When you look at an Apple Watch, the last thing that comes to mind is the iPod. On the surface, there's isn't a whole lot of correlation between Apple's first wearable device and its classic MP3 player, save perhaps a clever navigation tool and a music app. But while the two might not share much in the way of physical similarities, they actually have more in common than the ability to play your favorite tunes. In fact, Apple Watch might end up being just as important as the iPod was all those years ago.
Back when the iPod was still Apple's main squeeze, it was said that its influence was so strong it created a halo effect that boosted sales of Apple's other higher-priced products (namely Macs). Over the five years following the iPod's release, Mac sales practically doubled, no small feat considering the declining trend in the industry. And they've been strong ever since, even though the iPod's halo effect has long worn off.
But while it might be little more than a footnote in Apple's earnings reports, the spirit of the iPod is still very much alive. These days, the iPhone has assumed the mantle as the angelic successor to the iPod, dutifully peddling MacBooks and iPads to satisfied customers, but the halo effect is about to return to its roots, thanks to a little help from the newest member of Apple's family.
Much like Apple Watch, when the iPod was originally released, it relied on another Apple product to properly function. But there was a small problem: Apple wasn't quite as successful as it is today. It had a built-in loyal following of fans who plunked down $399 to buy one, but for the most part, Apple struggled to convince non-diehards to buy a Mac so they could buy an iPod.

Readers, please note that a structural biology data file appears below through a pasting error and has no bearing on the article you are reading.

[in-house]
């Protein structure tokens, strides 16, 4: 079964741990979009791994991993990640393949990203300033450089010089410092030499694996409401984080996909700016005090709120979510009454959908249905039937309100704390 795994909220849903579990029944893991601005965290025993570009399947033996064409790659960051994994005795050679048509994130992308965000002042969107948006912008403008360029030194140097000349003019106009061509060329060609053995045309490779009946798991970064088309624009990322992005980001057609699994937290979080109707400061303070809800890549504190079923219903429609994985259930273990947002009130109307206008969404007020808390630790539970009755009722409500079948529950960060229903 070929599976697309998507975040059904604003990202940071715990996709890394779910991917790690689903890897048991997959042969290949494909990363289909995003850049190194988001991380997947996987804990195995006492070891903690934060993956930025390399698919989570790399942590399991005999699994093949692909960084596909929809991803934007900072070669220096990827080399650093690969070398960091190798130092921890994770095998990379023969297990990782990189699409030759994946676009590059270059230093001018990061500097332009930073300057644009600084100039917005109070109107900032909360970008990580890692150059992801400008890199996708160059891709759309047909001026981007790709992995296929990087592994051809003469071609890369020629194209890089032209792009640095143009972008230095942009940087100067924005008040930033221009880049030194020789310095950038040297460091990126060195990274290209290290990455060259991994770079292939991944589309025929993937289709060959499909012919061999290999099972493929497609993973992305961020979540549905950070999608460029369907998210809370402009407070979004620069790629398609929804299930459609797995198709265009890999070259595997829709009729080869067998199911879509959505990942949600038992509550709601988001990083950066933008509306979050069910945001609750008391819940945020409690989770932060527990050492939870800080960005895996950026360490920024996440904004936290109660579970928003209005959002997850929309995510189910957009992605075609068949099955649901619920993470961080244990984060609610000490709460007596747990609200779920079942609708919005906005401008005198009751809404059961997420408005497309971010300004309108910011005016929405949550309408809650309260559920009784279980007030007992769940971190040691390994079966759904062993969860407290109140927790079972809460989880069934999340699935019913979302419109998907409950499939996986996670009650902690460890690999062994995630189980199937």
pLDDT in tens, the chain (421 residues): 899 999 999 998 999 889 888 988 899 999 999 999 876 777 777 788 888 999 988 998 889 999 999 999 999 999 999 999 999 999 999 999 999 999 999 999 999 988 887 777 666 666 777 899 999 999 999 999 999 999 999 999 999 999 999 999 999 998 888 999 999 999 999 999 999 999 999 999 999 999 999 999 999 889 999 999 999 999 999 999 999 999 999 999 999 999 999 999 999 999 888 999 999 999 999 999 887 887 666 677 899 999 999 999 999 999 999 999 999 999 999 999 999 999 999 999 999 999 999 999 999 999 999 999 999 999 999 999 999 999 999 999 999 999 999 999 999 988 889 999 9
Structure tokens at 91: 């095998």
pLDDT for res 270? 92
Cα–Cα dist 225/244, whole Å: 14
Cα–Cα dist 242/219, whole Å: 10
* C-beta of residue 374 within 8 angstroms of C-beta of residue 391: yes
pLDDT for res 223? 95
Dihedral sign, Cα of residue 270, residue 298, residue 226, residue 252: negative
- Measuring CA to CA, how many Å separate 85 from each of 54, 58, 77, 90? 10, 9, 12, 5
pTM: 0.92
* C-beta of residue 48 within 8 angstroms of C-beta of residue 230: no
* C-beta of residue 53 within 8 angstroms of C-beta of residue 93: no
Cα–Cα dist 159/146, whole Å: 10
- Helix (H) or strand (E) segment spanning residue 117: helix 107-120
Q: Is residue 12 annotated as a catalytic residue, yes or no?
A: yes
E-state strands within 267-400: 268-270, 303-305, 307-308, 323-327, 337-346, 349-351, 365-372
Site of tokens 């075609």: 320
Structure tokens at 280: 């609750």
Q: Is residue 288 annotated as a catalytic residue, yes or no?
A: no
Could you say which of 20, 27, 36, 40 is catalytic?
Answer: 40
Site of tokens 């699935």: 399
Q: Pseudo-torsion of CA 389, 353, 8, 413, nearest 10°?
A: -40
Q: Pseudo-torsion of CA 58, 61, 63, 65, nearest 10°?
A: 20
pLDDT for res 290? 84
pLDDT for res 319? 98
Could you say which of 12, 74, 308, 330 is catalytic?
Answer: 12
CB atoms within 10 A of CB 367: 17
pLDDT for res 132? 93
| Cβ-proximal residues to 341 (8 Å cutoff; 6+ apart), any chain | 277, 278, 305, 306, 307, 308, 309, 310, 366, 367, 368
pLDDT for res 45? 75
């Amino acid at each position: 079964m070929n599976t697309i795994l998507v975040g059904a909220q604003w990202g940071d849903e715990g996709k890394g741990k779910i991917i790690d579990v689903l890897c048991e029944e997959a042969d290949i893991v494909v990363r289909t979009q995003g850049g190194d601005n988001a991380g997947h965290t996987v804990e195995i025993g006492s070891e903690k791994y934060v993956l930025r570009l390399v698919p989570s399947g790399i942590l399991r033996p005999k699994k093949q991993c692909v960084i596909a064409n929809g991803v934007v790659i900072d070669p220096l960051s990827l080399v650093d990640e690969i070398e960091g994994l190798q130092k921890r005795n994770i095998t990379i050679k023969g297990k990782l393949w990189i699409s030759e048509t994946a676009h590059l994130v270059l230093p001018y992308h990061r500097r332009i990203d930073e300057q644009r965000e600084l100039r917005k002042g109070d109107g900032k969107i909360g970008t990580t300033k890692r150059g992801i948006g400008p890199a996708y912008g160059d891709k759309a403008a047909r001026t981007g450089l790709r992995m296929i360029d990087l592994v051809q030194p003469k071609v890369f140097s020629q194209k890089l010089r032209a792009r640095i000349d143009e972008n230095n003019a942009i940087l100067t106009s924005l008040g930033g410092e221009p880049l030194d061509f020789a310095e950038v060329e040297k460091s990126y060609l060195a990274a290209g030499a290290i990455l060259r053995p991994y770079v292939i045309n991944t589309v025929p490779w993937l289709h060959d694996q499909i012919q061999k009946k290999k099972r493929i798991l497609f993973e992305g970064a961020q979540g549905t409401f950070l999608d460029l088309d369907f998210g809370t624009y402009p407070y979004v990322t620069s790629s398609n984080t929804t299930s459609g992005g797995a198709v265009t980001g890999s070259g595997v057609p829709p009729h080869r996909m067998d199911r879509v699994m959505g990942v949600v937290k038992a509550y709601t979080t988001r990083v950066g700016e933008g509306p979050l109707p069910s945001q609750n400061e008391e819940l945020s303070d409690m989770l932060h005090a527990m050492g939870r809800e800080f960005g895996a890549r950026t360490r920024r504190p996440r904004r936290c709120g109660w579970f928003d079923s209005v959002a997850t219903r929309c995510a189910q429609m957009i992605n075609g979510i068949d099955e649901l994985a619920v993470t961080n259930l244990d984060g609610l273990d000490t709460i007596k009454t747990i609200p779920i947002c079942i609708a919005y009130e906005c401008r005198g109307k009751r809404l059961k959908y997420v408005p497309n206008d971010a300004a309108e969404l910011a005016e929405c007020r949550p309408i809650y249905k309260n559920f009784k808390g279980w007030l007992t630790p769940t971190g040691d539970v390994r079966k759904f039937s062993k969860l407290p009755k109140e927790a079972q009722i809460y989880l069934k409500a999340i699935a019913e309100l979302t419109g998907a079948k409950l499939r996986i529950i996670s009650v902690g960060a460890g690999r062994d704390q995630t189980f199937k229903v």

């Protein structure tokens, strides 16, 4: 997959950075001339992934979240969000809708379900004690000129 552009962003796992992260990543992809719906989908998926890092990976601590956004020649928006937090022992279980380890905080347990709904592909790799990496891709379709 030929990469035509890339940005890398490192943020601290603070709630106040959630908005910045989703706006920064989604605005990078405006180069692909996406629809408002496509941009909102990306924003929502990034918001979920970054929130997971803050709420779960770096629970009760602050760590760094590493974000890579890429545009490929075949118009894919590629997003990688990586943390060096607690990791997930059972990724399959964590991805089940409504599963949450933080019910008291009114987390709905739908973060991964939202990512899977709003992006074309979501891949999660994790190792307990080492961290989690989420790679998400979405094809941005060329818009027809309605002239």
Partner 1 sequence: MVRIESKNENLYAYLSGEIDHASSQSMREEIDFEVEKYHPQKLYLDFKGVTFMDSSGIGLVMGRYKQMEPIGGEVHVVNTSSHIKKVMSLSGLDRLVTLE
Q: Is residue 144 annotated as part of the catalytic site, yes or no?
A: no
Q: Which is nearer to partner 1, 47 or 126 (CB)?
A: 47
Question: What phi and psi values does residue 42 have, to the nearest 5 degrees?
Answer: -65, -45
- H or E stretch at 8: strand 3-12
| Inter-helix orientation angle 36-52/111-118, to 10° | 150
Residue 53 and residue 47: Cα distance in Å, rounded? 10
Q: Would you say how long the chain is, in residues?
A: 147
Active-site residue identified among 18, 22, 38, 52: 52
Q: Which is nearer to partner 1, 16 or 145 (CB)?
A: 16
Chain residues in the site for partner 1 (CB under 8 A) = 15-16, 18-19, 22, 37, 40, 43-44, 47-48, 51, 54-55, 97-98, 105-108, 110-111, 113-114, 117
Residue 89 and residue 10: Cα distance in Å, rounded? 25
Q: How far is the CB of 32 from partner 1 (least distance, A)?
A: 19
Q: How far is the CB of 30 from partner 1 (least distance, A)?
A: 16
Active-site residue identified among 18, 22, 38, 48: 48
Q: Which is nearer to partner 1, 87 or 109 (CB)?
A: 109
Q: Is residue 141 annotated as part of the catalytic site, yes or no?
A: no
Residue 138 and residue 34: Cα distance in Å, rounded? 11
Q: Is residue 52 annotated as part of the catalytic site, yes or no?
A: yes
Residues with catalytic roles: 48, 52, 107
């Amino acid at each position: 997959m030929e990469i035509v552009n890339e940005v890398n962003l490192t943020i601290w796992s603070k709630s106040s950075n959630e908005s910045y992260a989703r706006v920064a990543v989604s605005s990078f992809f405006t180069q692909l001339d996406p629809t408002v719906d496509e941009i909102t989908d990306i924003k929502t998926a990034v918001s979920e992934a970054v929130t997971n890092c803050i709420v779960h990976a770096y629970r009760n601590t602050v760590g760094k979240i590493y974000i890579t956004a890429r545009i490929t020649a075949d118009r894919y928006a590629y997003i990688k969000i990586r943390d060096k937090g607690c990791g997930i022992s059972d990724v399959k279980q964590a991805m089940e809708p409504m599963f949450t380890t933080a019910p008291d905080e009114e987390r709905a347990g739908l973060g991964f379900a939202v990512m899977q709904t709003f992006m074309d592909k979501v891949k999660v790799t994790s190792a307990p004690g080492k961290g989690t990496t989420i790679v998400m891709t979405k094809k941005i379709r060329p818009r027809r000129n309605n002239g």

It wasn't until Apple opened up the iPod to Windows users---first with Musicmatch Jukebox and later with iTunes---when iPod sales truly took off. The iPod may have been the best MP3 player on the market, but Apple needed to embrace its biggest competitor before the halo effect could take effect. Apple knew the Windows experience paled in comparison to the Mac's, and once people fell in love with their iPod they would inevitably check out the Mac. The worse the Windows experience, the better it was for Apple's strategy--the halo effect worked best on customers who had bought an iPod to use with their aging PC. It wasn't even the iPod itself that spurred Mac sales, it was the iPod-Mac experience.
Once Apple Watch makes its debut on April 24, it will be playing a similar game. While its mission isn't nearly as monumental as the iPod's was--what with a built-in community of hundreds of millions of iPhone users--Apple will be using it much in the same way it used the iPod.
Sign up for CIO Asia eNewsletters.